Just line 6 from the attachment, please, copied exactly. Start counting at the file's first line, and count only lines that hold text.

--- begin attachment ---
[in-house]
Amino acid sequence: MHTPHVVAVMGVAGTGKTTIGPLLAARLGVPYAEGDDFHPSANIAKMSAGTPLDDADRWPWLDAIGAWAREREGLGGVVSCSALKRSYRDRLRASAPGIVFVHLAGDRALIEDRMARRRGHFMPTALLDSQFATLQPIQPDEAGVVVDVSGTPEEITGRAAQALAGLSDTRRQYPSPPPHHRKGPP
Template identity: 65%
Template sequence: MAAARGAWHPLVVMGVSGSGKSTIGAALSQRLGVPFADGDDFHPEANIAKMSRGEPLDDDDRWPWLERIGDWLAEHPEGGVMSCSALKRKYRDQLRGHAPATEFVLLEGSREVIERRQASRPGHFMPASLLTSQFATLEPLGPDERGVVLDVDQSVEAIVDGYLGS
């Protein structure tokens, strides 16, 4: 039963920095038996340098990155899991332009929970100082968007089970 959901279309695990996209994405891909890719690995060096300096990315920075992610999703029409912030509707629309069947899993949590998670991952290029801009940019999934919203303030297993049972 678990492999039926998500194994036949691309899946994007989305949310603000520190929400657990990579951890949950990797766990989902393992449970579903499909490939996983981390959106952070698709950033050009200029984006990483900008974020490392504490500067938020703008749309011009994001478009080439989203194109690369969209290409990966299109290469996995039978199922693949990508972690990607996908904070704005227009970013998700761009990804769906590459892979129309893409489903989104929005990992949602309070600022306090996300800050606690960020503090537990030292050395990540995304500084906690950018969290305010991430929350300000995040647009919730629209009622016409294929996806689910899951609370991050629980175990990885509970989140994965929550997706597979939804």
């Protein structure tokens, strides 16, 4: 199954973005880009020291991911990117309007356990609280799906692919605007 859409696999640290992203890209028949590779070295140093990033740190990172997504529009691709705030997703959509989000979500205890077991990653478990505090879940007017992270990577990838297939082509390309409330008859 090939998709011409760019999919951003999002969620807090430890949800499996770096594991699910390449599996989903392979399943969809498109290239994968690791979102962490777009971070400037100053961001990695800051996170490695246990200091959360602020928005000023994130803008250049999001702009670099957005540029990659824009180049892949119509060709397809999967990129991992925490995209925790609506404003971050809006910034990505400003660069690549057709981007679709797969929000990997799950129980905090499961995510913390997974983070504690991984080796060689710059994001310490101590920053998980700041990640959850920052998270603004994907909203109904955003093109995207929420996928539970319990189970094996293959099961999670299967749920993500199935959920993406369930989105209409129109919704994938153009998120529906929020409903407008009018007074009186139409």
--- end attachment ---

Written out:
């Protein structure tokens, strides 16, 4: 199954973005880009020291991911990117309007356990609280799906692919605007 859409696999640290992203890209028949590779070295140093990033740190990172997504529009691709705030997703959509989000979500205890077991990653478990505090879940007017992270990577990838297939082509390309409330008859 090939998709011409760019999919951003999002969620807090430890949800499996770096594991699910390449599996989903392979399943969809498109290239994968690791979102962490777009971070400037100053961001990695800051996170490695246990200091959360602020928005000023994130803008250049999001702009670099957005540029990659824009180049892949119509060709397809999967990129991992925490995209925790609506404003971050809006910034990505400003660069690549057709981007679709797969929000990997799950129980905090499961995510913390997974983070504690991984080796060689710059994001310490101590920053998980700041990640959850920052998270603004994907909203109904955003093109995207929420996928539970319990189970094996293959099961999670299967749920993500199935959920993406369930989105209409129109919704994938153009998120529906929020409903407008009018007074009186139409």